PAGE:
Wednesday, 25 July 2018


Here We Go Again

The province of Alberta has been a member in good standing of the Canadian Confederation since 1905. Its political history is a bit peculiar. Once a party attains power it tends to keep it for decades, an era becomes an epoch for others squealing for their turn at the public trough.

This quirky pattern led in part to the formation of the new United Conservative Party (UCP), battle tested to date only in by-elections. It is the manifestation of cries to “Unite the Right!” The right was in disarray following the 2015 provincial election whose result was a resounding majority for the left of centre New Democratic Party (NDP). Before the NDP’s “We won! We actually won!” moment Alberta had been governed by the Progressive Conservatives (PC) for 44 consecutive years.

PC rule over time followed the law of declining returns as the party’s administration slid from dynamic and responsible, to complacent and arrogant, and ultimately sank to a nadir of indifference. No one inside the circle of power or lobbying around its diameter even imagined for a moment that the price of oil would drop like a fouled soccer striker. When booms go bust, as they must, fingers get pointed by enemies and allies alike. Some of the PC membership believed that the party was too centrist in its proposed economic solutions, and there were niggling social issues besides, silly stuff like human rights. This schism was the genesis of the farther-right Wildrose Party (WR).

Former federal cabinet minister Jason Kenney, a student of ex-prime minister Stephen Harper, himself a cunning puppeteer who engineered the unification of the right on the national level, managed to graft the two provincial factions together in the guise of the UCP. Kenney then set about consolidating his leadership of the new party by squashing WR rival Brian Jean, he too a former Harper regime cabinet minister, and a fellow alarmingly prone to verbal and social media gaffes. Kenney also seized the opportunity to remove another potentially prickly pear thorn from his shoe as he focuses on the 2019 provincial election. He banished one Derek Fildebrandt from the nascent UCP caucus.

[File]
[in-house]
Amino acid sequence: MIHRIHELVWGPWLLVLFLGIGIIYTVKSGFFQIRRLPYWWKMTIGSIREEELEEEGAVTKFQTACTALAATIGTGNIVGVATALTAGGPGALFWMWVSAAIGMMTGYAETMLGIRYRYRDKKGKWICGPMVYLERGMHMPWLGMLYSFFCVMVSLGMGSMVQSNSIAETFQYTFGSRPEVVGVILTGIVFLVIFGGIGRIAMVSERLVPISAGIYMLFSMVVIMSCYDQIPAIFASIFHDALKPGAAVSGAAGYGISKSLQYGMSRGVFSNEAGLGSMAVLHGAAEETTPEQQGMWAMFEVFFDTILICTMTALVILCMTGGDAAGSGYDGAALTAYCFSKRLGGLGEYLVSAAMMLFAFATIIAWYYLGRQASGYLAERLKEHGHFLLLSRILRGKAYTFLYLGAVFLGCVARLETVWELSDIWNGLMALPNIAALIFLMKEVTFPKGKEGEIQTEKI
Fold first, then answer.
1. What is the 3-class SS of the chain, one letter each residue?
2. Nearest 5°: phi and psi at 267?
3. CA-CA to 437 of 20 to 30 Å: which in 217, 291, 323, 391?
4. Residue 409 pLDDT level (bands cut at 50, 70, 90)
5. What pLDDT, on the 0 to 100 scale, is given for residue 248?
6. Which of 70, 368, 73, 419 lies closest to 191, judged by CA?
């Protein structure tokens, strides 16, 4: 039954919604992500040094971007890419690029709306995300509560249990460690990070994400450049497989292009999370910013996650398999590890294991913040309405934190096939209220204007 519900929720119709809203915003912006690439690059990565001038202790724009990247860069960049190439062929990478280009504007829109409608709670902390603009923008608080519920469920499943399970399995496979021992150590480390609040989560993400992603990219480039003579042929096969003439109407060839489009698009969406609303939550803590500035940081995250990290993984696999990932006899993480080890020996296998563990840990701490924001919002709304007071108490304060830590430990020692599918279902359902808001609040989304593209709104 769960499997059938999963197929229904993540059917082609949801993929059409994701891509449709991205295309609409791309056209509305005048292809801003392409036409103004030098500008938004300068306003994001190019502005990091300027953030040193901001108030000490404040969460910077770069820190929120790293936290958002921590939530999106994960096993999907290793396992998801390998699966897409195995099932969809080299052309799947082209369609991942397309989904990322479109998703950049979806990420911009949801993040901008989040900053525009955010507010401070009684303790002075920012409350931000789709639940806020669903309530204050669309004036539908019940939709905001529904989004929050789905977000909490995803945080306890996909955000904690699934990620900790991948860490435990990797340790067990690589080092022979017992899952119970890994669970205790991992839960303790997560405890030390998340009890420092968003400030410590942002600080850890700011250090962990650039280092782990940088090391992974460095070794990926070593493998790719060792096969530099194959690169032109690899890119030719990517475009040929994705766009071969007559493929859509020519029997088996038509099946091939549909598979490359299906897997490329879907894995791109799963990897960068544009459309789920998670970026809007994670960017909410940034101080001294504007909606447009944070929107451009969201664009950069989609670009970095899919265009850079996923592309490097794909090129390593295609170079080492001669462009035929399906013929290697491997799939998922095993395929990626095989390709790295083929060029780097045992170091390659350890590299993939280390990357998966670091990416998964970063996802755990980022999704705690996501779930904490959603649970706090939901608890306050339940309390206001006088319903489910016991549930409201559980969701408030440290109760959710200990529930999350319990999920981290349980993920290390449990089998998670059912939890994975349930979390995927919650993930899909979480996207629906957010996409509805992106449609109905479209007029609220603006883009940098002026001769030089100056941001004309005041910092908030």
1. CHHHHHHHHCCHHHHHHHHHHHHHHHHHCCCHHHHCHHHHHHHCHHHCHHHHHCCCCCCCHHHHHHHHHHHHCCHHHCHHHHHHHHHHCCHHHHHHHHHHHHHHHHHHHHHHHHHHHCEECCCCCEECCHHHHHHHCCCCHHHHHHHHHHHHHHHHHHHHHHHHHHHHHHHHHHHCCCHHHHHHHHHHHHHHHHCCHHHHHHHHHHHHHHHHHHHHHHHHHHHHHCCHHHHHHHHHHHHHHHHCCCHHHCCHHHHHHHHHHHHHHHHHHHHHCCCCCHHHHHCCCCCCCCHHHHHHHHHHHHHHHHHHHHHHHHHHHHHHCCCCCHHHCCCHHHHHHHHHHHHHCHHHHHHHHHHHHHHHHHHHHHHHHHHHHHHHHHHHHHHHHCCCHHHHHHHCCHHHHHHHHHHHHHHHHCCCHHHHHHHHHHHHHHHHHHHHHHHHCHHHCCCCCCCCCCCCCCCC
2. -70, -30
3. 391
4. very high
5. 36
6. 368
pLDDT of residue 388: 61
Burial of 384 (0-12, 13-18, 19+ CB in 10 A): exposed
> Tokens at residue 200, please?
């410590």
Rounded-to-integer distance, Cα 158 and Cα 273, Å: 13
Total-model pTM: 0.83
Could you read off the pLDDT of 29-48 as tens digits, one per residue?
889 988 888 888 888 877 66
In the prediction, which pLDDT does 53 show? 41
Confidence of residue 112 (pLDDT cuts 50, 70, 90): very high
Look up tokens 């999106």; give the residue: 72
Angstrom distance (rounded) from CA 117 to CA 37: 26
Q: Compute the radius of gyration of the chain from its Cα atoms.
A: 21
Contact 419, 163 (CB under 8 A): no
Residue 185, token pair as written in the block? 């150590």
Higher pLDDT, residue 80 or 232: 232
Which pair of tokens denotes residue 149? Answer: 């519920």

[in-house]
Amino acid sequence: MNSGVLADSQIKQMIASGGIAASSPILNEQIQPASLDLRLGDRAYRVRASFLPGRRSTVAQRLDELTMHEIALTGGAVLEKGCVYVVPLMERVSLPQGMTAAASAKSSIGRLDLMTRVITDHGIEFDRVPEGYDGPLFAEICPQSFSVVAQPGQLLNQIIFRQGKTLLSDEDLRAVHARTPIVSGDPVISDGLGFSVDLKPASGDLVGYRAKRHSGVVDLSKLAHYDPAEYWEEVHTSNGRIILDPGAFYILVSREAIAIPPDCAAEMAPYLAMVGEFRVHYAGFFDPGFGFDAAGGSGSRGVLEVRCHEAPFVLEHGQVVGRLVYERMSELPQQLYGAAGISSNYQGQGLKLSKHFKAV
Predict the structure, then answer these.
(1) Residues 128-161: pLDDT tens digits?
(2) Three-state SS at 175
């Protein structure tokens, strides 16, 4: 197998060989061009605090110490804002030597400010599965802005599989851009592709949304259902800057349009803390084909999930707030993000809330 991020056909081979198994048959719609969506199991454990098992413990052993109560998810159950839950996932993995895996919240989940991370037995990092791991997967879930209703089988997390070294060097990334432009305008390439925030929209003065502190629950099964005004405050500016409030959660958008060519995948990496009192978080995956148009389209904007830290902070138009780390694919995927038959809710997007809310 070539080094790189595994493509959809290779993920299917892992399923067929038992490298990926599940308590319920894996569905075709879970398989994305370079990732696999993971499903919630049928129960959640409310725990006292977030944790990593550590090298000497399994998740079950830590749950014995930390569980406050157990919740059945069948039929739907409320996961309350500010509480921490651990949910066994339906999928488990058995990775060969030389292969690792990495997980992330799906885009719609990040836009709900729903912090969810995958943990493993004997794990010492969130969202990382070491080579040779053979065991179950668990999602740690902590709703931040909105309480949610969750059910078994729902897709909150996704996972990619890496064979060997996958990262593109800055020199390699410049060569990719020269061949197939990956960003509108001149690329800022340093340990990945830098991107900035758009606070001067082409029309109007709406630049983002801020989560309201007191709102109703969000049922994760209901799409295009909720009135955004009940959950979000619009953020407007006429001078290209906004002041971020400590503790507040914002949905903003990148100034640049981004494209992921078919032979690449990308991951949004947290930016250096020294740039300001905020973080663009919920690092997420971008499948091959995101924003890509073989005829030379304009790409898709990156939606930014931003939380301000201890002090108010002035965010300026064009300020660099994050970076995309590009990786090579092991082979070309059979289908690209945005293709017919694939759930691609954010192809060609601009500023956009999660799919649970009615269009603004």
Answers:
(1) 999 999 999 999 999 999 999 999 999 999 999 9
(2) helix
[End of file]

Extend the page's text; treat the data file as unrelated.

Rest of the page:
Until Friday, Fildebrandt sat in the legislative assembly as an Independent. The honourable member from Strathmore-Brooks was first elected on the Wildrose slate. Fildebrandt is one of those guys who believe ethics is the study of people who are not white men. He is a documented expense account fiddler. Perhaps a little slow too because he did not get away clean following his involvement in a hit-and-run. He seems to be one of those politicians we all see through, one who pursues their own self-interest over that of their riding, their province and their country.

Fildebrandt is now the self-anointed interim leader and only member of his primordial Freedom Conservative Party (FCP). Pity Kenney, who as ringmaster of the conservative circus, has tried to pitch a big, all-inclusive tent. Apparently the newly unified Alberta right is unable to contain itself yet again. The FCP is beyond the fringe taking a hunting knife to the seams of the UCP big top. Kenney’s coalition is too “vanilla” for Fildebrandt.

The freedom fighters’ goal is to shed the yolk of Ottawa’s colonial oppression and “obliterate the NDP.” Fildebrandt imagines the FCP as a grassroots movement that will engage “Alberta patriots.” Do you hear a dog whistle? Cup your hand to your right ear. The sound you hear is shriller than the pitch Kenney uses to summon "average Albertans." The vast majority of Canadians live within three hours’ drive of the American border. A vast majority of those reside in urban centres. The FCP is betting the farm on a dwindling number of disaffected rural voters. The inconvenient truth is that the only Rural Alberta Advantage most of the electorate is aware of is a Toronto indie band.

My new novel The Garage Sailor is ready to ship. Get aboard at

No comments:

Post a comment